Strikes Plot With Rand to Crush Bond Sales: South Africa Credit

Photographer: Nadine Hutton/Bloomberg

The central bank cut its forecast for economic growth this year to 2.4 percent from 2.7 percent, less than half the 7 percent the government says is needed to cut the country’s unemployment rate. Close

The central bank cut its forecast for economic growth this year to 2.4 percent from 2.7... Read More

Close
Open
Photographer: Nadine Hutton/Bloomberg

The central bank cut its forecast for economic growth this year to 2.4 percent from 2.7 percent, less than half the 7 percent the government says is needed to cut the country’s unemployment rate.

South African companies, buffeted by an economy buckling under mining unrest and the slumping rand, cut bond sales in the first half to the lowest level since 2009.

Rand sales from companies including SABMiller Plc (SAB) and the South African unit of Daimler AG plunged 32 percent from the previous six months to 33 billion rand ($3.3 billion), according to data compiled by Bloomberg. For the second quarter, sales have dropped 47 percent compared with a year earlier, while in Poland they’ve surged 46 percent.

Companies are holding back expansion plans as Africa’s largest economy struggles with a 25 percent unemployment rate, the slowest growth since the 2009 recession and the worst-performing currency this year against the dollar among 16 major peers. Corporate issuers might return to the market during the second half once investors know more about the outcome of wage talks in industries including gold and coal, according to Standard Bank Group Ltd., the continent’s biggest lender.

“We’ve seen quite a lot of labor unrest, mining issues, growth issues, macro-economic factors specific to our country that are making corporates less aggressive,” Megan McDonald, head of debt primary markets at Standard Bank, said by phone from London yesterday. “There’s a bit of a wait and see over the next few months to see what happens economically in South Africa.”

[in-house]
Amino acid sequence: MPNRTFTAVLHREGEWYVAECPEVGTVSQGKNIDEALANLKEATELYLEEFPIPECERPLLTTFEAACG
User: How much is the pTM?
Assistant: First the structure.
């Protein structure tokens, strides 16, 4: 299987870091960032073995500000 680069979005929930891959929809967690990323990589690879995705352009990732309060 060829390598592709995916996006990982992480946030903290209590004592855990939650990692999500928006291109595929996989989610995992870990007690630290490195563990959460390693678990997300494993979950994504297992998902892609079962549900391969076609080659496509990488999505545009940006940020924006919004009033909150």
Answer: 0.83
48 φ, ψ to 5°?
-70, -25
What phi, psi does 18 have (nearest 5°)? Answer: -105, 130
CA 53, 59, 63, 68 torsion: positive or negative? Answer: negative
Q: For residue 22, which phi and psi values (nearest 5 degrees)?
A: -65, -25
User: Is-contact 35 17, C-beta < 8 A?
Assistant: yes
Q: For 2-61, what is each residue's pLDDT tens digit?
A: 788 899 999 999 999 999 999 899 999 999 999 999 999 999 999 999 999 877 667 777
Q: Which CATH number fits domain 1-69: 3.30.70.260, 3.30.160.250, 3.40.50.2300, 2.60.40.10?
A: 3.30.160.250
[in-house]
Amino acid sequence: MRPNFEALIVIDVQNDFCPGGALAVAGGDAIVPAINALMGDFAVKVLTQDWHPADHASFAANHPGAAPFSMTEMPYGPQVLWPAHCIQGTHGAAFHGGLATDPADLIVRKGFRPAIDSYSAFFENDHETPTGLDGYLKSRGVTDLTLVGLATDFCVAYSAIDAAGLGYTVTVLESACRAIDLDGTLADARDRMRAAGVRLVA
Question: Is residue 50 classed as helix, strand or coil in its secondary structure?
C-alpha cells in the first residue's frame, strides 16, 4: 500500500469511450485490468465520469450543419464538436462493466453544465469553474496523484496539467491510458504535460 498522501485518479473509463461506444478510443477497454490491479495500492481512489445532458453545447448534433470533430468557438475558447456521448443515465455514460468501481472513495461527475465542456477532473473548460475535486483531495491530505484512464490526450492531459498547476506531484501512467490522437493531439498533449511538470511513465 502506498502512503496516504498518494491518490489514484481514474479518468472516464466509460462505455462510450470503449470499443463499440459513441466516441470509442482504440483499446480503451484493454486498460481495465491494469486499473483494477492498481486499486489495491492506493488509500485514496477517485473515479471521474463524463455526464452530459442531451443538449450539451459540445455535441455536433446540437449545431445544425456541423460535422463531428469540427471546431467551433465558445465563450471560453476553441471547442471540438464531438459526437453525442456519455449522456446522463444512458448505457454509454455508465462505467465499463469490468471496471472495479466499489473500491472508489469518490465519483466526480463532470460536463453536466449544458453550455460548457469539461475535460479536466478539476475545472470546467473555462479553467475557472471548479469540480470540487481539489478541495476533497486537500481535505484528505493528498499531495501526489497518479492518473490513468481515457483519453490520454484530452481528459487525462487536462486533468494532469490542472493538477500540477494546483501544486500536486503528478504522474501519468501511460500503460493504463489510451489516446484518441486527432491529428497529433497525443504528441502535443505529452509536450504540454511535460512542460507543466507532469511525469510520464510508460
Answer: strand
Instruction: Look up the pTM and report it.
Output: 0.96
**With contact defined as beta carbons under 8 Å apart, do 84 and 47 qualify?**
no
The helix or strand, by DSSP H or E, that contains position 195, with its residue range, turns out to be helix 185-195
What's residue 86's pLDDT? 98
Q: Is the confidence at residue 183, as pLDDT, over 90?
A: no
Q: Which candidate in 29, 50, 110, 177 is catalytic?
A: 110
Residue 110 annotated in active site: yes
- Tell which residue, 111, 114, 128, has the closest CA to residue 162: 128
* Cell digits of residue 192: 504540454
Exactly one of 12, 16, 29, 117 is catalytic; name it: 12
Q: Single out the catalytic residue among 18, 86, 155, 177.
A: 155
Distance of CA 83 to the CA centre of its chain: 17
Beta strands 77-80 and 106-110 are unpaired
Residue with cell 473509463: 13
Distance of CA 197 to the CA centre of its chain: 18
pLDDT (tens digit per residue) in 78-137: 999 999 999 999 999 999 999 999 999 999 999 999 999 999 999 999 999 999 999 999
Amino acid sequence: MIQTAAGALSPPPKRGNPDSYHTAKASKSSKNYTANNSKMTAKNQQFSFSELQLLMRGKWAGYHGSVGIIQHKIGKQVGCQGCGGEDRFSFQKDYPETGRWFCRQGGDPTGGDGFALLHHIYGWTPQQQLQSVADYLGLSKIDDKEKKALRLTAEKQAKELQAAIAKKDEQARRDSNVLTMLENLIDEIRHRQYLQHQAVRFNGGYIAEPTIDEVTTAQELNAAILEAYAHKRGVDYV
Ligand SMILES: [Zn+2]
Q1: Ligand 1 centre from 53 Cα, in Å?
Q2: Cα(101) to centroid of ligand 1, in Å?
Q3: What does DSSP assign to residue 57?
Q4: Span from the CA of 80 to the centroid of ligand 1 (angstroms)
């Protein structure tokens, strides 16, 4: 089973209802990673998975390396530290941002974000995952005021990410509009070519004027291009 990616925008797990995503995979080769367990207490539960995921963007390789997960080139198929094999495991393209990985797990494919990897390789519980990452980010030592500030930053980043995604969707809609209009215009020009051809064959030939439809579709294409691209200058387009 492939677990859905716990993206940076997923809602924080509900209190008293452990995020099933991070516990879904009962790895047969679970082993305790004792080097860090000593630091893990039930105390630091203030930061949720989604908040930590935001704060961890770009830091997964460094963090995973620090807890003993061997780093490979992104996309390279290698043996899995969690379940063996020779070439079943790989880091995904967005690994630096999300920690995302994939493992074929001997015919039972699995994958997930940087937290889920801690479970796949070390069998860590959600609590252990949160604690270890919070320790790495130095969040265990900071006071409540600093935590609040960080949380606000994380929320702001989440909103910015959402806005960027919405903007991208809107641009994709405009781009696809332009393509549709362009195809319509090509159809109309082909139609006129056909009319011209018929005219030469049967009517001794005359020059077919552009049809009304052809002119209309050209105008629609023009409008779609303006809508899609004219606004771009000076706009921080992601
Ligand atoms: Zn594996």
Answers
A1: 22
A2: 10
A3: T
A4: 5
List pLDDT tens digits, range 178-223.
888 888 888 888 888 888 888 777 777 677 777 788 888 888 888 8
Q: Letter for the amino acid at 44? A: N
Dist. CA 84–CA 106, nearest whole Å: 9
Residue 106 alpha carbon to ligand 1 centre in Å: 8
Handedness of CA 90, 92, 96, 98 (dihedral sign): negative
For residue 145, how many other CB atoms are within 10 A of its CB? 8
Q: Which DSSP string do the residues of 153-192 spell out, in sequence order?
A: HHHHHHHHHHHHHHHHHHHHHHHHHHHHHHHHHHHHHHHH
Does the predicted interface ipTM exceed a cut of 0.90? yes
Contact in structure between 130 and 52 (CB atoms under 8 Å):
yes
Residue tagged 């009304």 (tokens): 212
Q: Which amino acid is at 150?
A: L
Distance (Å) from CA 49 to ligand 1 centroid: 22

Labor Unrest

Strikes at the country’s platinum, gold, iron-ore, chrome and coal mines shaved 30 basis points, or 0.3 percentage point, off the country’s economic growth rate this year, President Jacob Zuma said June 13. A decline in metals output, which makes up more than 50 percent of the country’s export earnings, contributed to the weaker currency.

Rivalry between the National Union of Mineworkers and the Association of Mineworkers and Construction Union spurred Zuma to appoint Deputy President Kgalema Motlanthe to broker a solution by hosting talks between the labor organizations, mining companies and government officials.

The rand weakened 0.5 percent to 9.9875 per dollar by 2:01 p.m. in Johannesburg, paring its decline this year to 15 percent. Yields on rand government bonds due December 2026 fell 29 basis points to 7.86 percent yesterday, paring the increase this year to 57 basis points.

Slower Growth

The central bank cut its forecast for economic growth this year to 2.4 percent from 2.7 percent, less than half the 7 percent the government says is needed to cut the country’s unemployment rate.

Yields on SABMiller’s 1 billion rand of fixed-rate debt maturing in March 2018 have risen 165 basis points to 8.08 percent since reaching a record low on May 9.

“Companies, being mindful of the gloomy economic growth prospects that face the country, are viewing any capital expansion or organic growth in operations with a fair amount of skepticism,” Bruce Stewart, head of debt capital market debt origination at Nedbank Group Ltd. (NED)’s investment-banking unit, said by phone from Johannesburg. Corporates “have postponed raising funding until economic fundamentals or requirements dictate otherwise,” he said.

To contact the reporter on this story: Jaco Visser in Johannesburg at avisser3@bloomberg.net

To contact the editor responsible for this story: Vernon Wessels at vwessels@bloomberg.net

Bloomberg reserves the right to remove comments but is under no obligation to do so, or to explain individual moderation decisions.

Please enable JavaScript to view the comments powered by Disqus.